Making Gumbo

Essential Readings of The Apocalypse

Apocalyptic fiction; novels of the end-of-days are very popular right now. But I have read only two that I would call essential.



“Station Eleven” is one.  All of the action of the story is set off by a viral pandemic that kills millions and millions of people.  But what makes this novel essential is that through this story we are shown how very interdependent are our everyday lives.

There is one paragraph in the novel that is startling with the truth it reveals of our day to day interdependence with each other. What would make daily life fall apart so quickly as portrayed in all apocalyptic fiction?  Well, in an airborne pandemic that sickens and kills people in twenty-four hours, death would quickly spread to workers who keep everything going; people who go to work to keep the power going, to keep the water running (and sanitary), to keep food produced and being delivered to stores, to keep planes, trains and automobiles running.

That would be the human apocalypse.  With that collapse of our human infrastructure, what would prevent the slow demise of the human spirit too?  Station-Eleven ask that too.  Station-Eleven answers with its focus on human spiritual survival through the art of a traveling band of actors who act out Shakespeare, even at the end of days, uplifting the human spirit.

I read Station-Eleven two years ago (March, 2015) and that still sticks with me.

December 2-3, 2017, a weekend, to begin my recovery from the end of the semester push, I picked up “When the English Fall.” That novel is the second story of the apocalypse that I say is essential.

Always, novels of the apocalypse focus on mainstream, every day existence and the collapse of technological infrastructure. But when that part of human life is given attention, we seem to have forgotten that not all we humans, even in America, live lives dependent on technology.  What about the Amish?  What about the plain-folk, religious folk who have chosen to and have been living as survivalists, without store-bought stuff, without technology, even electricity for hundreds of years? When our electrical infrastructure dies, do their lives change at all?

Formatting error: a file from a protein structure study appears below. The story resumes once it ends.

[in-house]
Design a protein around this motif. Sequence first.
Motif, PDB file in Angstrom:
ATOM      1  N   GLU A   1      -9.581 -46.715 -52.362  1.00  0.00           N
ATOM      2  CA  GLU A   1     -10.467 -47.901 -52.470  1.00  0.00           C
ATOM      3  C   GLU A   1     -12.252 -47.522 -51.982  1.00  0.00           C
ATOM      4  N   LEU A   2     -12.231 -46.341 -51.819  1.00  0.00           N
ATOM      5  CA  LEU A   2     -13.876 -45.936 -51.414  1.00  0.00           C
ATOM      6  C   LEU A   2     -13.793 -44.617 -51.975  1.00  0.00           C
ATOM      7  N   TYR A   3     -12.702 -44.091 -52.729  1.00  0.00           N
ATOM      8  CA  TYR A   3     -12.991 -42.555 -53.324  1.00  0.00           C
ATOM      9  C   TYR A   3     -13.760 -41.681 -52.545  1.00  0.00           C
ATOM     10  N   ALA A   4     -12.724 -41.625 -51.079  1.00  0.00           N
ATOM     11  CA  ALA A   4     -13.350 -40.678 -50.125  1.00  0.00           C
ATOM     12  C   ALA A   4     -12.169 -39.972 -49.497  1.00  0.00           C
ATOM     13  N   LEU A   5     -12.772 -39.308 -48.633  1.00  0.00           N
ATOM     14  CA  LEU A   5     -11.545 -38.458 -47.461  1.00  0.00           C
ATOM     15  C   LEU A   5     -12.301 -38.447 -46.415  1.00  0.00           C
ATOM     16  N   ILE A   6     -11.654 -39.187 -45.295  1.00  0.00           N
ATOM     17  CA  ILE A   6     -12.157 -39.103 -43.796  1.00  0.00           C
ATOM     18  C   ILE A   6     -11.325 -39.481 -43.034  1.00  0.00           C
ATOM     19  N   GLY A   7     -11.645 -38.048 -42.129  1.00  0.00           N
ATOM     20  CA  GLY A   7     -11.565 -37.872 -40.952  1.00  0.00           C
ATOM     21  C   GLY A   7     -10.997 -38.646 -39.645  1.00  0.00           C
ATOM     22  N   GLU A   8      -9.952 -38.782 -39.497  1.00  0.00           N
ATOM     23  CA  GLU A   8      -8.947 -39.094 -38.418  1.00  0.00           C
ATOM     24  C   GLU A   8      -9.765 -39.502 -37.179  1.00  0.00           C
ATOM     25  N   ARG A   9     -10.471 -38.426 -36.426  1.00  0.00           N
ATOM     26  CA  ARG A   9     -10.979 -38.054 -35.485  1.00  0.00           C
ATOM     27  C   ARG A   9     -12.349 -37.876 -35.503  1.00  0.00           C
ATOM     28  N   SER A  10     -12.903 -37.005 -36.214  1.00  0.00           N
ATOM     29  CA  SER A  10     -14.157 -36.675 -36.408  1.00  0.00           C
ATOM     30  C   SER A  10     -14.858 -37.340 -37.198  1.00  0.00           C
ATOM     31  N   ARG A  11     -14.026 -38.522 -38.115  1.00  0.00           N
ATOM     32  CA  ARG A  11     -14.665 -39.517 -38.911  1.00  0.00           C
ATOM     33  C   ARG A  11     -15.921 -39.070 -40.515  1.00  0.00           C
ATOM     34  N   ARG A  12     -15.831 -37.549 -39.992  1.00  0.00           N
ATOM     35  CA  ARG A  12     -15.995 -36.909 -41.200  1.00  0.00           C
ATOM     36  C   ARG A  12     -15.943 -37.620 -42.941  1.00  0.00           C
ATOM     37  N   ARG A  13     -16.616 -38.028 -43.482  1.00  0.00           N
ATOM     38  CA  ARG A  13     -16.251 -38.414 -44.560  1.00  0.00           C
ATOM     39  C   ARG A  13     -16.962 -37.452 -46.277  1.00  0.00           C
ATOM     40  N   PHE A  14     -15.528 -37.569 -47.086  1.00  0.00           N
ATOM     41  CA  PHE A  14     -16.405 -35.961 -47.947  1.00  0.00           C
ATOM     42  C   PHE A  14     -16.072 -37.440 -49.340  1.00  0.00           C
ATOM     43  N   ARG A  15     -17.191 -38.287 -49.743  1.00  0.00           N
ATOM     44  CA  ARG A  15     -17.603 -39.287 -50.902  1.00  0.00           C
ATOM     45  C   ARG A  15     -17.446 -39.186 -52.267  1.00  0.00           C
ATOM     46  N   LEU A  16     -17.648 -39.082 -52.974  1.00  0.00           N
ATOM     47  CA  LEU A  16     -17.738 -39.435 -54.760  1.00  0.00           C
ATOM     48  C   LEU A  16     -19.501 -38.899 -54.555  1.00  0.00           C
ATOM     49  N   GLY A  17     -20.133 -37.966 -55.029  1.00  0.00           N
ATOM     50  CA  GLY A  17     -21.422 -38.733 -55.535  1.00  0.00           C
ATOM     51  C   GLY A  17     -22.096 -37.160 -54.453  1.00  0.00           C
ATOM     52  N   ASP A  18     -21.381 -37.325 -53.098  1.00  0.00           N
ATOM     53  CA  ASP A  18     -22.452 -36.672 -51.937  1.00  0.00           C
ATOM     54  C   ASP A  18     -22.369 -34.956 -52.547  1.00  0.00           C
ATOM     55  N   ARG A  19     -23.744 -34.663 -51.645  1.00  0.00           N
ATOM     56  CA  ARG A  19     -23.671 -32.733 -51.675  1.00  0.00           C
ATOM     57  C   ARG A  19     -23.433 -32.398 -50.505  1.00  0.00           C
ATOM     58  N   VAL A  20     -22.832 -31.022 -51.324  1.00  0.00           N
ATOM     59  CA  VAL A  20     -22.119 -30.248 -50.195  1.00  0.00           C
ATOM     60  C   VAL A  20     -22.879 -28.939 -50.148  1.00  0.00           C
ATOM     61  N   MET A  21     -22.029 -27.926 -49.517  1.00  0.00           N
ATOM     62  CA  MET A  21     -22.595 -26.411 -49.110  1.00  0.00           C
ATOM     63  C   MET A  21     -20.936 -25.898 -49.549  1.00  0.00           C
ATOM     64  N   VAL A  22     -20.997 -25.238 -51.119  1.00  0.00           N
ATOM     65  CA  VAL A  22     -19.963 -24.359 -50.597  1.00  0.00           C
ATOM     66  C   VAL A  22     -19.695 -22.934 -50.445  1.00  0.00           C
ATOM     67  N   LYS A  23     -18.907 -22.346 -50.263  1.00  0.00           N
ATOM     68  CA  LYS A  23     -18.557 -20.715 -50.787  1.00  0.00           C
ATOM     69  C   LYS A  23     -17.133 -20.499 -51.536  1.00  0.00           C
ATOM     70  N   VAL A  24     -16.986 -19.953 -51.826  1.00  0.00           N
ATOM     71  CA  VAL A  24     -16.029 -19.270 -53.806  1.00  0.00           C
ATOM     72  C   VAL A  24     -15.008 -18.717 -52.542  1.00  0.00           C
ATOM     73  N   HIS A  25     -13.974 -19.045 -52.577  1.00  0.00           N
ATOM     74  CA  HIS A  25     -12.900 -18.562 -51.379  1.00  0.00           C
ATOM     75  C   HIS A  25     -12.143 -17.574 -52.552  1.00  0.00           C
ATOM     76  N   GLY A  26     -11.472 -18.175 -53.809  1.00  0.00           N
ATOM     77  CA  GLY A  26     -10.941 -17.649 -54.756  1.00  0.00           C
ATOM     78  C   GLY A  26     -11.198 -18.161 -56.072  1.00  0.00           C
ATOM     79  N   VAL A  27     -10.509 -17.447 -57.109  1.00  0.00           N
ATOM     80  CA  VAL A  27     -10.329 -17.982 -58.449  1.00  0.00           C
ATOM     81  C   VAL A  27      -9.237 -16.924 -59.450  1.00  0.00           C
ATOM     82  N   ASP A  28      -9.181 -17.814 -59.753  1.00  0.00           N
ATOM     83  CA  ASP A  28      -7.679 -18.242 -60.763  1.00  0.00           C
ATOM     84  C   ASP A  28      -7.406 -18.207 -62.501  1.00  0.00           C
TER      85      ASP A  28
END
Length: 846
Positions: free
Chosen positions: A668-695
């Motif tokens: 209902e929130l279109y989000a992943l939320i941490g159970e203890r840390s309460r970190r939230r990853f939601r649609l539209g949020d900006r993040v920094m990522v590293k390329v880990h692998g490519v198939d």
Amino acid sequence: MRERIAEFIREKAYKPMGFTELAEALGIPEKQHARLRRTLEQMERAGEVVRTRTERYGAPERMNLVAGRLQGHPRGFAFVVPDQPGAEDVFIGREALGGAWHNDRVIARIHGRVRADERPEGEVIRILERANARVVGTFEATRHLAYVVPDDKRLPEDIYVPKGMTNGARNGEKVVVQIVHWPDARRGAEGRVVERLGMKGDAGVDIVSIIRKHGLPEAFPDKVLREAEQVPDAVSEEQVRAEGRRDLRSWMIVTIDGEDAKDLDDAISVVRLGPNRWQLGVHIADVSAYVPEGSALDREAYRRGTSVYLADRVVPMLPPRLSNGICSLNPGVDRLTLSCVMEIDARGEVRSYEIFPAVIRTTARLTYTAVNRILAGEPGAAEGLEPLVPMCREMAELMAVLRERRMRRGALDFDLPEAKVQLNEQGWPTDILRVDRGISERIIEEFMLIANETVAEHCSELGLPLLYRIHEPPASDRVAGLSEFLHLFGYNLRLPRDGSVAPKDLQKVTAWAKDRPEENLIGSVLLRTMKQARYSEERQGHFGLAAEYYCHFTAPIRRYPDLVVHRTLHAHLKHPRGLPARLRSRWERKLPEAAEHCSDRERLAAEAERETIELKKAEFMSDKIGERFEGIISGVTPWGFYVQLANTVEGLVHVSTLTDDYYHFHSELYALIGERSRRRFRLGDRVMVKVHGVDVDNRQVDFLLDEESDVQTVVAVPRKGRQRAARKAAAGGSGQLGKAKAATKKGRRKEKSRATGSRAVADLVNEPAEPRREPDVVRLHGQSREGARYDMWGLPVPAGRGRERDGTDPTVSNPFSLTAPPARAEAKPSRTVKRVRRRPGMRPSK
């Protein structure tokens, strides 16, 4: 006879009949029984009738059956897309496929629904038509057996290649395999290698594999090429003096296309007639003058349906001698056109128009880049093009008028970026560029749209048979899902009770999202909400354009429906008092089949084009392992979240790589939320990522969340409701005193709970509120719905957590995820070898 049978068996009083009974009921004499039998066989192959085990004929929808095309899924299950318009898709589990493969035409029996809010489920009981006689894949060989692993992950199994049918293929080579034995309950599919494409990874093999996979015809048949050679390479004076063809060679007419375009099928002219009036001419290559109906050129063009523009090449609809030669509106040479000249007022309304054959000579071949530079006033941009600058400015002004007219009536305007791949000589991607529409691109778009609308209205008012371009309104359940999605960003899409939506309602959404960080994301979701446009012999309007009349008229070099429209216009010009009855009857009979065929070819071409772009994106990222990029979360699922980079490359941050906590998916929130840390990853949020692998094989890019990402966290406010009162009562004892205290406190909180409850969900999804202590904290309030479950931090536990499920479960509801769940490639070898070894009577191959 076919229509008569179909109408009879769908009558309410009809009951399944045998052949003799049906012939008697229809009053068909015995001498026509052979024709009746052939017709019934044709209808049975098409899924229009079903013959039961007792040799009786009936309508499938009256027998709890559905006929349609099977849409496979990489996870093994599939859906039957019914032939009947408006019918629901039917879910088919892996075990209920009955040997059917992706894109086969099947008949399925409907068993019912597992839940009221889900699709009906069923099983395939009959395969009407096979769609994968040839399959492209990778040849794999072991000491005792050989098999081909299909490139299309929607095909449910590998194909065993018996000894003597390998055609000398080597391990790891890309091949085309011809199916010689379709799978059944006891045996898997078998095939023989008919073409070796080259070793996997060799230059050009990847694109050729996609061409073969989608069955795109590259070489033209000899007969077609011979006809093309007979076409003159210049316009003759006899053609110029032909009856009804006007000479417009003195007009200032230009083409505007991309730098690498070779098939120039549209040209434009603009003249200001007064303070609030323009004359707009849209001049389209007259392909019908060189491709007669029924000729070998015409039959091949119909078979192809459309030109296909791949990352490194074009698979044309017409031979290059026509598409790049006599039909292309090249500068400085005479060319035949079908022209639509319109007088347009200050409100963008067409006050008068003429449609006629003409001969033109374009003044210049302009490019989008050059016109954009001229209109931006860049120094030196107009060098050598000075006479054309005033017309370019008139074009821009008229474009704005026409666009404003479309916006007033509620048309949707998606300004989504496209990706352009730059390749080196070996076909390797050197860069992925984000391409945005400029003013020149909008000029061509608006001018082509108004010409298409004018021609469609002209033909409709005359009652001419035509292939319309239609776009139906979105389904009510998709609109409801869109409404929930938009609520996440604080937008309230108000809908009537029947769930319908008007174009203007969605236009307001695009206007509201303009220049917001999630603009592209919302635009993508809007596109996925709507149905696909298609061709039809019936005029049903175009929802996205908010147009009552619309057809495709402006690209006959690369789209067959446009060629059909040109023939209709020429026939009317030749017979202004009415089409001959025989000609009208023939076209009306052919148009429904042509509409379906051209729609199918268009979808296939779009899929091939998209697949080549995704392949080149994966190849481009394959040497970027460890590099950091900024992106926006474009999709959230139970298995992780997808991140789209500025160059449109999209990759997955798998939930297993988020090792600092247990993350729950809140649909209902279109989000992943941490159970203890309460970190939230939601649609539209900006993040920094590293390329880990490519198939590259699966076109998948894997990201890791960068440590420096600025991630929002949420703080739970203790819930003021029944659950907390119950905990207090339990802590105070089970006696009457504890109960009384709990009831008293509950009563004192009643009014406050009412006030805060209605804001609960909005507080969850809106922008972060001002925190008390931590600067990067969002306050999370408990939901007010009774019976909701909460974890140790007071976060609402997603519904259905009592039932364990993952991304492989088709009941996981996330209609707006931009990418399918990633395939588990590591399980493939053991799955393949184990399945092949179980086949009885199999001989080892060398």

“When the English Fall” ask that question.  More important, the novel takes us through a spiritual meditation on modern human life and the way we are all interdependent with technology and ourselves. Telling the story and speaking to us through an Amish man’s diary that is found after the end of days, the narrator, that Amish man writes:

“Because we know, now, that as the world of the English fails around us, we [Amish] are not separate. Yes, we have the Order, and yes, we have our way, but the time when that meant we stood free from the world has passed. I am not sure, as I think about it now, that has ever been true. We are never really apart, as much as we choose to set ourselves different from the world that surrounds us. The English are like the Earth, or the air. And if the rain falls, it falls on all alike the Bible says.”

I read “When the English Falls” in the quiet of my home; away from the hustle and bustle, the hard work, of the end of the semester.  Reading it was a balm to my spirit; a retreat that my soul needs, every now and then.

“Station-Eleven” and “When the English Fall” are not just stories of the end-of-days collapse of the modern.  Both novels are about what we must always do to hold on to the gift of our human spirit, no matter the troubling circumstances of the day. That is why I say, if you want to read apocalyptic fiction, these two novels are essential reads.


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